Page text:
The Disturbing Truth About Mental Illness In Medieval Times

Our understanding and acceptance of mental illnesses are still far from perfect and comprehensive, but we've certainly come a long way from how we used to treat those suffering from diseases of the mind. In the Middle Ages, when progress in many fields of science was slow, the treatment of the mentally ill was irresponsible at best and gruesome at its worst.

According to Museum Facts, those who suffered from mental illnesses were believed to be possessed by demons. As such, it might not come as a surprise that exorcisms were common "treatments" for the mentally ill. However, other treatments were much more brutal and gut-wrenching, including bloodletting and drilling holes in the brain, despite the general population not being as dogmatically religious as many think. Demonic possession was just a more plausible cause for the symptoms of mental illness than the idea of a diseased or chemically imbalanced brain.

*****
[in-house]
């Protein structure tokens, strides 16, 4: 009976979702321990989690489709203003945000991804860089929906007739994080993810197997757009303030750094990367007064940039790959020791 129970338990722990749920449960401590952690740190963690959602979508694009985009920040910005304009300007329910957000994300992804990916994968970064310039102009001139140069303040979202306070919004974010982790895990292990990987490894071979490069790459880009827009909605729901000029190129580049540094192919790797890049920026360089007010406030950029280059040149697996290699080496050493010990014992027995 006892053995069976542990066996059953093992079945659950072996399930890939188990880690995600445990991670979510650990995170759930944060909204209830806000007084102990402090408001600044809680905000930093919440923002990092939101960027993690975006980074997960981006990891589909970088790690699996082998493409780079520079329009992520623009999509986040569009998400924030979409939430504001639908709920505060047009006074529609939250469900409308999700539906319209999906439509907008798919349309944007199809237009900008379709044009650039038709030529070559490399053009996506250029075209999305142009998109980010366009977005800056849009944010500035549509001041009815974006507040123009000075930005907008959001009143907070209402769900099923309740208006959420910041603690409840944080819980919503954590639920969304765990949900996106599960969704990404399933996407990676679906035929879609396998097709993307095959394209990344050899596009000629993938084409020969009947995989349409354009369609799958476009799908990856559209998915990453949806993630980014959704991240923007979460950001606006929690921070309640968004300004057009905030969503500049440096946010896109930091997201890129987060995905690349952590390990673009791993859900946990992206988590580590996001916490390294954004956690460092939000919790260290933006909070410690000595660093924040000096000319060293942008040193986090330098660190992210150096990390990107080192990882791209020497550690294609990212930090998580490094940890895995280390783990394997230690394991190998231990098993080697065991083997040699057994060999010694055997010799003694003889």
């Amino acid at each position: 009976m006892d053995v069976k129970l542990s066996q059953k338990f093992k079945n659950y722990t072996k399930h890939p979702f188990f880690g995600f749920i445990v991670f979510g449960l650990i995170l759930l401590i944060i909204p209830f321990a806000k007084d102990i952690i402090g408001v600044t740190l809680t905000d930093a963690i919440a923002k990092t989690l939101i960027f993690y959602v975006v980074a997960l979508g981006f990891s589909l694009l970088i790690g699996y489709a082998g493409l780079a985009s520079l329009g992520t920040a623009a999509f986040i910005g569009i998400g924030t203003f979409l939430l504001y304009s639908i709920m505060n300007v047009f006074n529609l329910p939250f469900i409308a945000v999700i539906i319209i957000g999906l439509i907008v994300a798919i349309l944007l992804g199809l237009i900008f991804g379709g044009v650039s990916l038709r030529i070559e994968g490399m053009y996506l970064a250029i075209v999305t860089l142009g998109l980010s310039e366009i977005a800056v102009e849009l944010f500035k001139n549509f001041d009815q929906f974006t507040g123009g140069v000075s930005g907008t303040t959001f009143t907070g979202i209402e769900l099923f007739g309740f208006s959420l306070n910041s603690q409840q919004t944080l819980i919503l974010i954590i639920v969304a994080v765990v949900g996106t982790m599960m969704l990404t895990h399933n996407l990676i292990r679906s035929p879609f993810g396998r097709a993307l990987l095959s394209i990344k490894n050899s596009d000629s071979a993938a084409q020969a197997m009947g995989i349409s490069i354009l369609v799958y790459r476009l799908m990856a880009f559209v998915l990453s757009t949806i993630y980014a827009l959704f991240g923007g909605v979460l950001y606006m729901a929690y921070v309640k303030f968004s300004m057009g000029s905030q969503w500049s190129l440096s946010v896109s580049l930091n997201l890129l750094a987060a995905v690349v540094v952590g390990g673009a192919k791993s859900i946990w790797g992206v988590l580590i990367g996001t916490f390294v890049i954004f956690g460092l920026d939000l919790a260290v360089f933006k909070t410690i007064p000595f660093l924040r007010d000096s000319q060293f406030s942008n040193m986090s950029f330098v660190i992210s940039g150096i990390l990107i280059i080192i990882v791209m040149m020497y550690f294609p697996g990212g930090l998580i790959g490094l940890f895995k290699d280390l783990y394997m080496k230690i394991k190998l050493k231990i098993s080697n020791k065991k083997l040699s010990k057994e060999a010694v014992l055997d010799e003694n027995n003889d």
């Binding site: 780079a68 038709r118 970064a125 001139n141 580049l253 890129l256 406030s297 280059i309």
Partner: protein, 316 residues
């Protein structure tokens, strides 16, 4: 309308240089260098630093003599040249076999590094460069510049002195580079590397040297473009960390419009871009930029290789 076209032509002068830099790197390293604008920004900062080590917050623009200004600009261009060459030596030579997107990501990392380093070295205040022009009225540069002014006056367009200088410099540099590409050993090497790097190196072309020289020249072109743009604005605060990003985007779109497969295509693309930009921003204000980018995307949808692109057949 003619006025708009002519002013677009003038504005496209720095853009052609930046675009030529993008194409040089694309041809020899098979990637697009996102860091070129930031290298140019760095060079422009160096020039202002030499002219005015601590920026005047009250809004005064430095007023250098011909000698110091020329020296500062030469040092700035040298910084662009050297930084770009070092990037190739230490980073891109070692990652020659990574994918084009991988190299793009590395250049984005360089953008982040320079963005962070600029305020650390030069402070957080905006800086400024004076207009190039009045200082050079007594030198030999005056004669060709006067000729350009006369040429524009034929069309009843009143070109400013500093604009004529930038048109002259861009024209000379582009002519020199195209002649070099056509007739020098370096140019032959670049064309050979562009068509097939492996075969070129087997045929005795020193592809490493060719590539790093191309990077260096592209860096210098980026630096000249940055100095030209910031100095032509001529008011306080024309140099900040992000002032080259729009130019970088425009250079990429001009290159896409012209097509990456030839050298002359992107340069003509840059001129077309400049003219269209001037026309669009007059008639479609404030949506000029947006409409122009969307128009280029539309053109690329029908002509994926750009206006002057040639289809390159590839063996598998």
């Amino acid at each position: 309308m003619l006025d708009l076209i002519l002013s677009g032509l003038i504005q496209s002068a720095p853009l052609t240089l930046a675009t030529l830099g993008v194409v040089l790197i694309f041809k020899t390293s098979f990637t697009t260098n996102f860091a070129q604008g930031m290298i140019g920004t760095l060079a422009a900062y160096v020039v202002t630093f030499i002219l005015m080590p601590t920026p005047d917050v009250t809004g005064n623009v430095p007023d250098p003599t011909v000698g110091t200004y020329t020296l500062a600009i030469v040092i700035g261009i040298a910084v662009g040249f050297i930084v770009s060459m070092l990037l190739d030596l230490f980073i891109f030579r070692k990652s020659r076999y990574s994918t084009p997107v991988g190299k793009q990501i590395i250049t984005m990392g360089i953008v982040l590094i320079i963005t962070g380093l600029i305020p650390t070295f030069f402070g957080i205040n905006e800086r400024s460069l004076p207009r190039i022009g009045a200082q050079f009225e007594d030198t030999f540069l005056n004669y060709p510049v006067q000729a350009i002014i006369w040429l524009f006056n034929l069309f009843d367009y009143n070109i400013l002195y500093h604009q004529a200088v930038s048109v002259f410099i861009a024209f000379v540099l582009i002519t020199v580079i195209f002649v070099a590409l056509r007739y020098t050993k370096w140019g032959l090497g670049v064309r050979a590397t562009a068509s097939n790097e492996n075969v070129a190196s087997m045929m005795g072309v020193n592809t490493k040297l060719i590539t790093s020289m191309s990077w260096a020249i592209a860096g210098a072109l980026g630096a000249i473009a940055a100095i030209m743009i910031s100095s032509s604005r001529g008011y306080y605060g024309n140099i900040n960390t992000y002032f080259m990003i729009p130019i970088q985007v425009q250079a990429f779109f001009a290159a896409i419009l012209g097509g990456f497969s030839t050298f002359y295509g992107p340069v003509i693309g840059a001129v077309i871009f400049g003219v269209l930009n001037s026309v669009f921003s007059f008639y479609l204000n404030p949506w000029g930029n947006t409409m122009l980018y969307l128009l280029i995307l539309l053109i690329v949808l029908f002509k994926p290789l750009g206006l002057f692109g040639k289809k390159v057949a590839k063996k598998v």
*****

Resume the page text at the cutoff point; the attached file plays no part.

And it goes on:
The mentally ill were outcasts

In the Medieval era, the mentally ill were often cast out of society, shunned for their supposed demonic possession or for their perceived involvement in witchcraft. The people who lived during that time lacked understanding of how the brain worked or what mental illnesses were (via Baton Rouge Behavioral Hospital). When those who were deemed to be possessed were "treated," they were hardly better off. Besides the aforementioned exorcisms and bloodletting, other treatments included forcing malnutrition and "inappropriate medications" upon those who displayed misunderstood behaviors. 

The reason for this pitiless attitude toward the mentally ill was the widely accepted explanation of demonic possession as the cause. The thinking was, it was a supernatural disease, so what hope could mere mortals have in curing it? Even though medical technology and understanding has evolved through the ages, there is still a stigma surrounding mental illness today. Our understanding of mental illness, both scientifically and among the general public, is still far from perfect, but at least we've stepped up from the torturous treatments of the Middle Ages.